river-dev mailing list archives

Site index · List index
Message view « Date » · « Thread »
Top « Date » · « Thread »
From Peter Firmstone <j...@zeus.net.au>
Subject Re: Moving River into the Semantic Web with Codebase Services & Bytecode Analysis services.
Date Tue, 08 Sep 2009 23:14:02 GMT
Look forward to it mate,

N.B. this line should read:

   * Codebase surrogates, for objects originating from periodically
     disconnected services for clients to obtain their bytecode (they 
also require Refreshable References and



Gregg Wonderly wrote:
> Peter, I want to write up some questions and thoughts about this post, 
> but can't do that right now, hopefully I can in a day or so.
> Gregg Wonderly
> Peter Firmstone wrote:
>> I've had some more thoughts on Codebase services after spending time 
>> researching & reflecting.
>> Issues I'd like to see addressed or simplified using Codebase services:
>>    * Codebase loss
>>    * Codebase replication
>>    * Codebase upgrades
>>    * Codebase configuration
>>    * Codebase surrogates, for objects originating from periodically
>>      disconnected clients (they also require Refreshable References and
>>      Xuid's)
>>    * Bytecode Dependency Analysis & API signature identification, for
>>      Package & Class Binary Compatiblity & ClassLoader Isolation
>>    * Bytecode Static Security Analysis, repackaging & code signing.
>> On the last issue I've had some thoughts about Code bases being able 
>> to act as a trust mediator to receive, analyse, repackage, sign and 
>> forward bytecode on behalf of clients.  The last two items above fit 
>> into the category of Bytecode Analysis service responsibilities for 
>> codebases.  Prior to loading class files, a client can have a trust 
>> relationship with one or more preferred codebase providers.  A code 
>> base provider also provides bytecode static analysis services for 
>> security and binary compatibility purposes.
>> I got thinking about this solution after reading about service proxy 
>> circular code verification issues for disconnected clients that 
>> project neuromancer exposed.  A surrogate security verifier as well 
>> as a codebase surrogate.
>> All this would be implemented with minimal changes to services and 
>> clients configurations and no change to third party library code, 
>> unlike my evolving objects framework proposals.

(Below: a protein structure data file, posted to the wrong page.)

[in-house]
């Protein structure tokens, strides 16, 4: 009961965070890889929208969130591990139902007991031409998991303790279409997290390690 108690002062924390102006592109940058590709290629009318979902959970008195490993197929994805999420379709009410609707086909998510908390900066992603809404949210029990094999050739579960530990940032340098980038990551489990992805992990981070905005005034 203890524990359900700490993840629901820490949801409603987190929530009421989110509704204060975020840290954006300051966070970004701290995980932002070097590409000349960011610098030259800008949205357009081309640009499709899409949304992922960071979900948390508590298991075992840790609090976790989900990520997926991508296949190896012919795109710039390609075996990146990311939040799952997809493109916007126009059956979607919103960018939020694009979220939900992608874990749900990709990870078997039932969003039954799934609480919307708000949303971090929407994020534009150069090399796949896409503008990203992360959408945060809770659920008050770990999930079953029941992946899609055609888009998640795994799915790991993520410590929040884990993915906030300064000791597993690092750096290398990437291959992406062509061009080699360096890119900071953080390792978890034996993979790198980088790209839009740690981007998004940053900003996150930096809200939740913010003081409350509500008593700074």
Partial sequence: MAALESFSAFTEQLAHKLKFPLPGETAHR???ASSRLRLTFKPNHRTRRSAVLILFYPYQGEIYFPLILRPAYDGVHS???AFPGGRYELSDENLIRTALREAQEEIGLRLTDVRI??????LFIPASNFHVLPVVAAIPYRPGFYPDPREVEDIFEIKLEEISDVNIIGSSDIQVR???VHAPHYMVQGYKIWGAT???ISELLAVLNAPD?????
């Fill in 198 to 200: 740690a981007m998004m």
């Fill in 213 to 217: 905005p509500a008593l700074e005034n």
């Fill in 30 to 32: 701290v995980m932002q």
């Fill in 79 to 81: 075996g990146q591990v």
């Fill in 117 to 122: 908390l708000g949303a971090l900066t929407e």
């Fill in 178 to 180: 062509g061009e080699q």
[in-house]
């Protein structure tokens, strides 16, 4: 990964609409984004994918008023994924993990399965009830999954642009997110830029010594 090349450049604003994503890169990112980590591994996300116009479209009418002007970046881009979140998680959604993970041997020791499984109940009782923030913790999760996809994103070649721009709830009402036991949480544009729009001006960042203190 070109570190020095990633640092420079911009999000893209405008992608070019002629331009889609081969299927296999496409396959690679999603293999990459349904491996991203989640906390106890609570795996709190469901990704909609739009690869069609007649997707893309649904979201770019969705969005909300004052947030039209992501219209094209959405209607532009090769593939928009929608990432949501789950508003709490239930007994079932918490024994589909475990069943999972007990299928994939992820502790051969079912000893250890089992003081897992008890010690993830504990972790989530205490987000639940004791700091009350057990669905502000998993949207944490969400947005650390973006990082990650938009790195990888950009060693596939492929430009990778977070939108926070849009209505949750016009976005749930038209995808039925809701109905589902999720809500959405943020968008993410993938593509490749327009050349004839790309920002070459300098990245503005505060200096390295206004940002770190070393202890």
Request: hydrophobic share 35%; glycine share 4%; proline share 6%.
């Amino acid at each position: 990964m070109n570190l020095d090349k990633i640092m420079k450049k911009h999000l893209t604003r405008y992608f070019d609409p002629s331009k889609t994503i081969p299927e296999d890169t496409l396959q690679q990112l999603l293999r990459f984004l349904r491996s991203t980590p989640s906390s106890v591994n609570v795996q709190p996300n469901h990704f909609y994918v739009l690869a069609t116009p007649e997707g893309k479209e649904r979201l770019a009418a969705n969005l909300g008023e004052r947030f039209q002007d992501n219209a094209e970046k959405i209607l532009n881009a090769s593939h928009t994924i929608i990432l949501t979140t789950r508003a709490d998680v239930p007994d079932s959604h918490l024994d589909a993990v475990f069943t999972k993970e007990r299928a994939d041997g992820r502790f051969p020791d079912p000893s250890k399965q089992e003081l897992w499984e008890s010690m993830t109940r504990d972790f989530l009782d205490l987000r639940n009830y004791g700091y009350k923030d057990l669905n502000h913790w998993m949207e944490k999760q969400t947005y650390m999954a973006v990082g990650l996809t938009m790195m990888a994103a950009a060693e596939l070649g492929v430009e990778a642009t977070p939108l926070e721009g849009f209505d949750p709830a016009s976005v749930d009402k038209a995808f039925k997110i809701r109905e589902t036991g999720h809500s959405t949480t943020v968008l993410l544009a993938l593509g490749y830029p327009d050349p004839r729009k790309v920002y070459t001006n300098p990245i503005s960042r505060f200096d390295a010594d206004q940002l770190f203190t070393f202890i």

>> After receiving a tip off from Michael Warres, Tim Blackman was 
>> gracious enough to share learnings from his research on class loader 
>> tree's.  Tim built a prototype system using message digests and was 
>> considering implementing textual Class API signatures for identifying 
>> compatibility between different class bytecode's.  Tim considered the 
>> textual API signatures when he found independent vendor compiler 
>> optimisations produced different bytecode, hence different SHA-1 
>> signatures, although they have identical and compatible class API.  I 
>> thought about this further and realised that Binary Compatiblity for 
>> class files and package change is far more flexible than source code 
>> compatibility.  While Tim concentrated on API compatibility for 
>> ensuring objects that should be shared, could be, he found that 
>> groups of class files, based on dependency analysis (this is where 
>> the replacement ClassDep code came from), required their own 
>> ClassLoader's, hence there are a significant number of class loader 
>> instances required for maximum compatibility (without going into more 
>> detail).
>> In essence, the solution I'm striving for, is to solve the problem in 
>> a distributed world that OSGi solves in the JVM; segregation and 
>> isolation of incompatibility while allowing compatible 
>> implementations to cooperate.  However I want an implementation 
>> without commitment to any particular container or module technology, 
>> so as not to force container implementation choices on projects that 
>> already have their specific container implementations.
>> Rather than reinventing another container technology,  all jar files 
>> a service's client requires, could be uploaded to codebase services, 
>> just prior to service registration.  The codebase service could 
>> analyse, repackage and sign the jar files into compatible bundles, 
>> dynamic containers if you wish, one for each ClassLoader, where each